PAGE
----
Bright pink flowers spill down the wall onto a whitewashed deck. At night it’s a bar, but this afternoon it’s just another of Ortigia’s many beautiful courtyards. They’re hidden around every corner. Sometimes there are dogs in them, sometimes cats, sometimes old men on benches; they’re always interesting and there are plenty of them to see.
We wander through narrow streets. There’s a ‘pow! pow!’ from over our heads. A small boy peers down at us through the rails of a first floor balcony. Seeing that he’s got our attention he giggles in delight, and resumes his mock shooting. He grabs a tee-shirt, hung over the balcony to dry, and before we can draw breath to stop him, flings it at us with a triumphant yell. His mum comes out onto the balcony, phone clamped to her ear, to see what the noise is about, and sees us gaping up at her, clutching the offending clothing. Her hand flies to her mouth in embarrassment. Her offspring, meanwhile, is leaping around in an excited war dance at her feet. Looking down at him she starts to laugh. It’s hard to do anything else when confronted with such glee. Still on the phone, she gestures that we should throw the tee-shirt back up to her. We ball it up and try. She fails to catch it and we scramble to stop it from hitting the street. On the next try she manages to grab hold of it before it falls, and gives us a grin. We wave goodbye to her son, who goes back to shooting at us with a wicked glint in his eye.
In another courtyard, grapevines wind over our heads, shading us from the sun as we stuff ourselves with seafood. The owners of the restaurant have twin babies in a pushchair. There’s a muslin cloth draped over the top to protect them from the sun, still strong despite the shade of the vines. All that can be seen of the babies is four chubby legs, arranged in identical formation. One of the twins wriggles briefly, before falling asleep again. Five minutes later he wakes up properly and starts to grizzle. Mamma picks him up and dandles him on her knee as she chats to a customer. ‘You’re very cheeky, aren’t you? Yes, you are!’ The customer smiles indulgently, holding out a finger for the baby to grab. When baby boy has stopped crying Mamma puts him back in the pushchair and goes to take an order from a table of customers. His sister now wakes up, however, and kicks out at him. A middle-aged woman gets up from a table at the other side of the courtyard and comes over to pacify the sibling rivalry. She doesn’t seem to be part of the family, but this is Italy, where babies are universally adored. It’s said it takes a village to raise a child, but an Italian restaurant is probably even better.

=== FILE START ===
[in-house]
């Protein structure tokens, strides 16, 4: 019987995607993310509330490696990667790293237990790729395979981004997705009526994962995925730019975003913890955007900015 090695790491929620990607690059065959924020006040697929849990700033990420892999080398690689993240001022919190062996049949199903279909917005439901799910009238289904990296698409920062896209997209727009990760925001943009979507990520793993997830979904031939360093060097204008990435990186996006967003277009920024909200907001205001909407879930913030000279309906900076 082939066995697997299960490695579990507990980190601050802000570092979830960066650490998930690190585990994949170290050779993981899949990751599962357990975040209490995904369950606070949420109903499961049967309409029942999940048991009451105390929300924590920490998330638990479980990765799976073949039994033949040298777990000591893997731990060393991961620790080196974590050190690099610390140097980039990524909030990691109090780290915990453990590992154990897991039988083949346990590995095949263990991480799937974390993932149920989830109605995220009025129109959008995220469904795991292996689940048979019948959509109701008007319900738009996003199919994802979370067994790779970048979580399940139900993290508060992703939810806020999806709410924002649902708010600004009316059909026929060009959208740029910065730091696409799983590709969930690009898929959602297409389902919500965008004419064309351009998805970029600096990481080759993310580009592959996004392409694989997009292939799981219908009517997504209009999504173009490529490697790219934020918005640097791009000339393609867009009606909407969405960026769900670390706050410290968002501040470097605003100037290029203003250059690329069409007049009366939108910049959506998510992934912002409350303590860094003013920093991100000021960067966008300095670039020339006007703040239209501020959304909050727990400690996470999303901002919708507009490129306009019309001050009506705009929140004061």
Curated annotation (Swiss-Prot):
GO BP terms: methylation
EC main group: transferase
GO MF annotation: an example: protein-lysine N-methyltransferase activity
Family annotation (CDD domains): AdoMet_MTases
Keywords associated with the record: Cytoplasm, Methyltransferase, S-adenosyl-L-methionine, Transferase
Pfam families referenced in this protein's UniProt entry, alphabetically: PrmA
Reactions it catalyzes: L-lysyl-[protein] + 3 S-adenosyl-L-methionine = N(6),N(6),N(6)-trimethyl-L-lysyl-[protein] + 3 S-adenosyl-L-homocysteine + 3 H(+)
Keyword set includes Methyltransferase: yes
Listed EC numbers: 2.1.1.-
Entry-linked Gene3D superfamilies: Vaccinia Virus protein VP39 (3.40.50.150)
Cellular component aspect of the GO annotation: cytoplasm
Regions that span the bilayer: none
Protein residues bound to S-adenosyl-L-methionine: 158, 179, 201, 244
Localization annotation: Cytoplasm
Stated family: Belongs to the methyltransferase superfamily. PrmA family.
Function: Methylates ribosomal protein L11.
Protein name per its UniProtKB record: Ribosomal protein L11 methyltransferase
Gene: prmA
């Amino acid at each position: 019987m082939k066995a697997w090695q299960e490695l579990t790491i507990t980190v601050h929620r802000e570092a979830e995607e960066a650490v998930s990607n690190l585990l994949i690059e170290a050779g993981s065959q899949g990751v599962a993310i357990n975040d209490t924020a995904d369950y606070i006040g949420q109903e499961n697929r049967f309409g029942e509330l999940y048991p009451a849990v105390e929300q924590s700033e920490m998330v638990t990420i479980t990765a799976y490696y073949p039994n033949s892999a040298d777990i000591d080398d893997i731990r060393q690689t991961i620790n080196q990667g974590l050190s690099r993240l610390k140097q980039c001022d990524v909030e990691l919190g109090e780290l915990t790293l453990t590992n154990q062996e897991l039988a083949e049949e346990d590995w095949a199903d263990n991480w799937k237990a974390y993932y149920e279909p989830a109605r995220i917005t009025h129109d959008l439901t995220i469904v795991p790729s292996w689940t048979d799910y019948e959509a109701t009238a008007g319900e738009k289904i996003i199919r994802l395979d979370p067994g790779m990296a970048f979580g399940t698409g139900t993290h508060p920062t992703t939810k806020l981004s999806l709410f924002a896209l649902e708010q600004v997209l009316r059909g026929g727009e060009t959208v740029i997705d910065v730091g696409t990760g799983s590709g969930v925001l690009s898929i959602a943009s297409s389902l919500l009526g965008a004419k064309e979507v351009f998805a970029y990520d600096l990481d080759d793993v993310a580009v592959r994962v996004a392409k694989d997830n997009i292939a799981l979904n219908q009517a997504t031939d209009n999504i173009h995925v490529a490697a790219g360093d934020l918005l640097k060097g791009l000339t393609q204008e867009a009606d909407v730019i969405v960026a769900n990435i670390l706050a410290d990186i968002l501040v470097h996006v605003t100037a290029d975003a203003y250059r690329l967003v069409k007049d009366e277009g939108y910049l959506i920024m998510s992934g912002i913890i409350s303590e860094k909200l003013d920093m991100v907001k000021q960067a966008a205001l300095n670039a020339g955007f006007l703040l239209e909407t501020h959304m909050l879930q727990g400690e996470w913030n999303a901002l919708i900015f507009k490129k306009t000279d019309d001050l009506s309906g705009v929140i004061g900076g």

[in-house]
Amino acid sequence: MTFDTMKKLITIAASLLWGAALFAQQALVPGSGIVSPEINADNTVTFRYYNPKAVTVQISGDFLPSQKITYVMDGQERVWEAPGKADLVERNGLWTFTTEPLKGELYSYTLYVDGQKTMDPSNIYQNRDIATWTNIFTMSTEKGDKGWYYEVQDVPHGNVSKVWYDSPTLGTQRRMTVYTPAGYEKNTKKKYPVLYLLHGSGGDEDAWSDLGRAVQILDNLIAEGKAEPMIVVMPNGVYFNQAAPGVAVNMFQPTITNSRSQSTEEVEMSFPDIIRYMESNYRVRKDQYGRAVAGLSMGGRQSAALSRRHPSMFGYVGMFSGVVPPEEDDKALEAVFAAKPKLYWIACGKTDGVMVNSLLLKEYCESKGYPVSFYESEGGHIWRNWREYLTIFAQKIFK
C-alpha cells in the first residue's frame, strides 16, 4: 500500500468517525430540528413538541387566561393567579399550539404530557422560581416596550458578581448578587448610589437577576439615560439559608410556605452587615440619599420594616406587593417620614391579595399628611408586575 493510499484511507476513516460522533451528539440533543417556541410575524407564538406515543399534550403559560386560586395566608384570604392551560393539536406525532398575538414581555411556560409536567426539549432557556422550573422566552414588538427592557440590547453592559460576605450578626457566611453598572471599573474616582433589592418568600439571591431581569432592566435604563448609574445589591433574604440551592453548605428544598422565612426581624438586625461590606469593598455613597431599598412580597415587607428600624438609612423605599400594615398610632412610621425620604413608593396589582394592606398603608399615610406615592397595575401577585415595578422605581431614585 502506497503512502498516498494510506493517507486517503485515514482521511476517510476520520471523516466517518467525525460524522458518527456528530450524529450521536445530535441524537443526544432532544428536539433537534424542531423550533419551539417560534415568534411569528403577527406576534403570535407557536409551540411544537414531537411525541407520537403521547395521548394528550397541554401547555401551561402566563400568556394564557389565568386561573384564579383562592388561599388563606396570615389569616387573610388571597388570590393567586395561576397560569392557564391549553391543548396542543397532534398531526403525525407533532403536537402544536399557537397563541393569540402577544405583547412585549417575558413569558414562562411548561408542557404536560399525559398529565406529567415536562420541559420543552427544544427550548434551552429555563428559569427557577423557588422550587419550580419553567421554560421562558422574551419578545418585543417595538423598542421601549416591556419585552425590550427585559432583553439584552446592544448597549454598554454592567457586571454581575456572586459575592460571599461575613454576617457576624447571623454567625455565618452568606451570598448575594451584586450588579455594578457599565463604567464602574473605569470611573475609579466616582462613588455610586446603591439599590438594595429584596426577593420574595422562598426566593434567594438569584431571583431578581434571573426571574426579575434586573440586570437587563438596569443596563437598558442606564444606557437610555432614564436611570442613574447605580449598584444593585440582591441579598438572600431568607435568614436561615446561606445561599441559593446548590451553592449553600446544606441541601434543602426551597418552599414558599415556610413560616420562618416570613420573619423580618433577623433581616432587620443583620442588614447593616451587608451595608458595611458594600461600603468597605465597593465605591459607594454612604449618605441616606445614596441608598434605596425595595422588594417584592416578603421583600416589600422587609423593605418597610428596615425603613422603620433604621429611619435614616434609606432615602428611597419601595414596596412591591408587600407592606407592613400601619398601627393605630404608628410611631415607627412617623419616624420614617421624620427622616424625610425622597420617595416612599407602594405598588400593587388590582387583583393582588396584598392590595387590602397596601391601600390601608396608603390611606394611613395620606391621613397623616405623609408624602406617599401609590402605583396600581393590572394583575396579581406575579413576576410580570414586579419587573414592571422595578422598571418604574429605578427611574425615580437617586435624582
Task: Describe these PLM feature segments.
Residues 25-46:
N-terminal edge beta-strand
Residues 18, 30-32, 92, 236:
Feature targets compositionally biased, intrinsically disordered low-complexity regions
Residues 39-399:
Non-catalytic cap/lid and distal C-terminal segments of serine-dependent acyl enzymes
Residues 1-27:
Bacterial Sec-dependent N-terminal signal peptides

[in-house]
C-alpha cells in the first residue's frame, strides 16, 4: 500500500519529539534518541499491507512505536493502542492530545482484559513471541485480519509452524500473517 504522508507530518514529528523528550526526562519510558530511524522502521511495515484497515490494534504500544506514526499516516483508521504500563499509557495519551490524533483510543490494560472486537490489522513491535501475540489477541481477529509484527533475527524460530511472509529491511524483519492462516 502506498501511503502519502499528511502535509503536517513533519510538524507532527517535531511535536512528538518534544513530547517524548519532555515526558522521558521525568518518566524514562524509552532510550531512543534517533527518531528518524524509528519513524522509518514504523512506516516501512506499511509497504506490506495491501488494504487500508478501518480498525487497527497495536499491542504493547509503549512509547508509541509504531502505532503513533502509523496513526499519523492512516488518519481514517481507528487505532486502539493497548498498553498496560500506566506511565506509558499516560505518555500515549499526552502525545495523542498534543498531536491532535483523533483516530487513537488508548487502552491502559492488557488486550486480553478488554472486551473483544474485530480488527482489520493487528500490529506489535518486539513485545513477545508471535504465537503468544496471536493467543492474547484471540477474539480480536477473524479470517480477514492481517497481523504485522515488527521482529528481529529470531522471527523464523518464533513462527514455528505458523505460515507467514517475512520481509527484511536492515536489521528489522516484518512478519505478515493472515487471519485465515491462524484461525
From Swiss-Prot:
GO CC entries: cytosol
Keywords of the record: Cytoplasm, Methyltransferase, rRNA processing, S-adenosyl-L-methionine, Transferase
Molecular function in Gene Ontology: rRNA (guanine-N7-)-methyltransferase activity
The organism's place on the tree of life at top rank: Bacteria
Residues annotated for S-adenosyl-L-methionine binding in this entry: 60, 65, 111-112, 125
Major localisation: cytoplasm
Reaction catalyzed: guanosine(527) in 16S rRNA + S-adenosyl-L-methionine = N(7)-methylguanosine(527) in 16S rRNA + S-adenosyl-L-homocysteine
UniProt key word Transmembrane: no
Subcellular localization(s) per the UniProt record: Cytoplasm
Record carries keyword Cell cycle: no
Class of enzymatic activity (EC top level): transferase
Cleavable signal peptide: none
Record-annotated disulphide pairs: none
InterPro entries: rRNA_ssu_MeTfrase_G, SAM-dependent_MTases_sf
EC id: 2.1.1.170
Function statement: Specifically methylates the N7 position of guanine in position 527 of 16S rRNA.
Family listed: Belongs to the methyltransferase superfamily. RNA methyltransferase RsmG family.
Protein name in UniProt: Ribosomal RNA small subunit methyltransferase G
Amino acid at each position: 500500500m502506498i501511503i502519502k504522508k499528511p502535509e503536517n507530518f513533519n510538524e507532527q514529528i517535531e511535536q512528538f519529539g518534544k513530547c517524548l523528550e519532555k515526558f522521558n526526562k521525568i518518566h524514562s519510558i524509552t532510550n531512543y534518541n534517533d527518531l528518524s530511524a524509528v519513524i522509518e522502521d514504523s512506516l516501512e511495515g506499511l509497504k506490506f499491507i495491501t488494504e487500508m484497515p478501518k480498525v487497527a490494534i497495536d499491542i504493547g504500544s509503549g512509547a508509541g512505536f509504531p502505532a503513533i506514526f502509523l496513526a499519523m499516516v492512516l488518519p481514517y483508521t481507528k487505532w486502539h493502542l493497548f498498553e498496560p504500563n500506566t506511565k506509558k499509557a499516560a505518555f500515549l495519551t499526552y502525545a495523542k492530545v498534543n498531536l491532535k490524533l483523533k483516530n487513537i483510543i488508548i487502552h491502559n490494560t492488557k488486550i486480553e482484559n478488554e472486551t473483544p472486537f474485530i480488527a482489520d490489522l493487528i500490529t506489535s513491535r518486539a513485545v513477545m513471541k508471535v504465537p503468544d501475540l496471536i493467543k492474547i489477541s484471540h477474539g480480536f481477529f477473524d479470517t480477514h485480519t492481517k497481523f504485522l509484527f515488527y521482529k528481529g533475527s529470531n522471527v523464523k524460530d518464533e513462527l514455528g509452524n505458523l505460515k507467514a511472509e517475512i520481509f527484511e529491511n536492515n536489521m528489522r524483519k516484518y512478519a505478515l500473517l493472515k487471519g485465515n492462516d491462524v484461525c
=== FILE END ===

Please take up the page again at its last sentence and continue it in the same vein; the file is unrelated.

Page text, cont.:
As we digest our lunch with gelato, perched on the steps of the church of Santa Lucia, an old man drops himself down next to us and starts to chat. ‘English, are you? I learnt English at school. Forgotten everything now, though! Oh, but we used to terrorise the teacher …’ We laugh together, him reliving and us experiencing new his memories. Another man from the group comes over and grins at us, twirling his finger around his temple in friendly mockery. ‘Hope he hasn’t bothered you. He’s a bit pazzo this one!’ Old man springs to his feet, feigning a box to his companion’s ear. ‘Why you …!’ They make their parting salutations and move away, chuckling, to rejoin their group.
We follow the sound of a clarinet floating along the street. It’s coming from what looks like a derelict building. It’s not, of course, but like so many of the buildings on the island this one has seen better days. The sign tells us it’s a music school and as if to prove that fact a second clarinet joins the first. We stand on the dusty street, leaning against the sun-warmed stone of the building, and listen to the strains of a Mozart duet, and the swish of water against the sea wall below us.
july carnival of europe
Have you got a good European travel story? Why not submit it for inclusion in July’s Carnival?
On 1 July I’m hosting the event, set up by Andrea of Destination Europe. Details of how to submit your entries can be found here, and you can also follow Andrea on Facebook to be kept updated on all future Carnival news.
I look forward to hearing from you!